Acco Brands, Inc. v. PC Guardian Anti-Theft Products, Inc., 3-04-cv-03526 (N.D.Cal., December 4, 2008).
Infringers have long been reticent about filing for inter partes reexamination. One problem is the estoppel provision – 35 U.S.C. § 315(c) – that limits the claims that the third-party requester can later make in court. In particular, Section 315(c) is written to estop the third party requester from later asserting an invalidity defense in litigation if the third-party requester “raised or could have raised” the ground during the reexamination. (The estoppel provision only applies once the PTO determines that the challenged claim is valid).
35 U.S.C. §315(c): A third-party [inter partes] requester … is estopped from asserting at a later time, in any civil action … the invalidity of any claim finally determined to be valid and patentable on any ground which the third-party requester raised or could have raised during the inter partes reexamination proceedings.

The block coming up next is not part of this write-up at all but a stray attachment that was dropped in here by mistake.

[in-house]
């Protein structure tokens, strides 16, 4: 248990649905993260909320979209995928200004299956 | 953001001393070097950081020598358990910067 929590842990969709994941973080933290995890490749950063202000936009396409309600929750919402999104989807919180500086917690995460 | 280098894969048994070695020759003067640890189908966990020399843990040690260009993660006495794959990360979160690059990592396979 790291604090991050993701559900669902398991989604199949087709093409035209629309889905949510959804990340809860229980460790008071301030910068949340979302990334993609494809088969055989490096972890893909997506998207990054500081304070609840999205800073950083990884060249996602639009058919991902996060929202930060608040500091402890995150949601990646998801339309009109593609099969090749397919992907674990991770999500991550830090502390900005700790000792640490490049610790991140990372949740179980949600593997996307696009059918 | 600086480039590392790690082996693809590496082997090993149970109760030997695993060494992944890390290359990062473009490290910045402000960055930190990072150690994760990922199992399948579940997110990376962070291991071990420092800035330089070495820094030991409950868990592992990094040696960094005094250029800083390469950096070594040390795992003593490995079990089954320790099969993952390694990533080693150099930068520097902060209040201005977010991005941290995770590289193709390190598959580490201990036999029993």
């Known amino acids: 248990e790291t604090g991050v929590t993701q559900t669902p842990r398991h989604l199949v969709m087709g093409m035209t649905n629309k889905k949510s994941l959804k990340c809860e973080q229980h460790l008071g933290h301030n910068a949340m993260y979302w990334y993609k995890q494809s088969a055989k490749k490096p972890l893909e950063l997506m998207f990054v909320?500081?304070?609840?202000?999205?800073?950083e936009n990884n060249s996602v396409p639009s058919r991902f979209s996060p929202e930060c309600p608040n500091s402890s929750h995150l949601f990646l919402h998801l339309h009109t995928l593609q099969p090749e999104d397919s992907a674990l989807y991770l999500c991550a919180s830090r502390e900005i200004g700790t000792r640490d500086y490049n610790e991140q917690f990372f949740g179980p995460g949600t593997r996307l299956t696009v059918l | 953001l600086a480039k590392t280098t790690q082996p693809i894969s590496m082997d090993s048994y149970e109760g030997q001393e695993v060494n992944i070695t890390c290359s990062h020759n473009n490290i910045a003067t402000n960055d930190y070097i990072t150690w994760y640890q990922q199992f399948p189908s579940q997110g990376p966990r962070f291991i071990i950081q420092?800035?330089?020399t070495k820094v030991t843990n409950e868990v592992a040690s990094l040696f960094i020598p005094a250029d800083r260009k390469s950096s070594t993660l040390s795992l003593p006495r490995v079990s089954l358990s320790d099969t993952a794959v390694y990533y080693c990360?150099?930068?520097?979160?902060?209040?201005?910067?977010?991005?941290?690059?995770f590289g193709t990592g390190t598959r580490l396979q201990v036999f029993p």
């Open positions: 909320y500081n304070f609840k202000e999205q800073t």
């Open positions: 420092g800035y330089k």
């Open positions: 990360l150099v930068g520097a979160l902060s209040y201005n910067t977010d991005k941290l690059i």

In this case, the PC Guardian had requested an inter partes reexamination based on several prior art references. However, upon consideration, the PTO confirmed that the claims were patentable.
In the ensuing infringement litigation, PC Guardian made an end-run around the estoppel argument. For its non-infringement contention, PC Guardian presented three 1980’s Macintosh portable computers as prior art. According to the defendant’s argument, the physical computers when seen in combination with the references considered by the PTO rendered ACCO’s patent obvious.
Because reexaminations are restricted to considering only patents and printed publications, the district court agreed that Section 315 does not estop PC Guardian from asserting the combinations during litigation.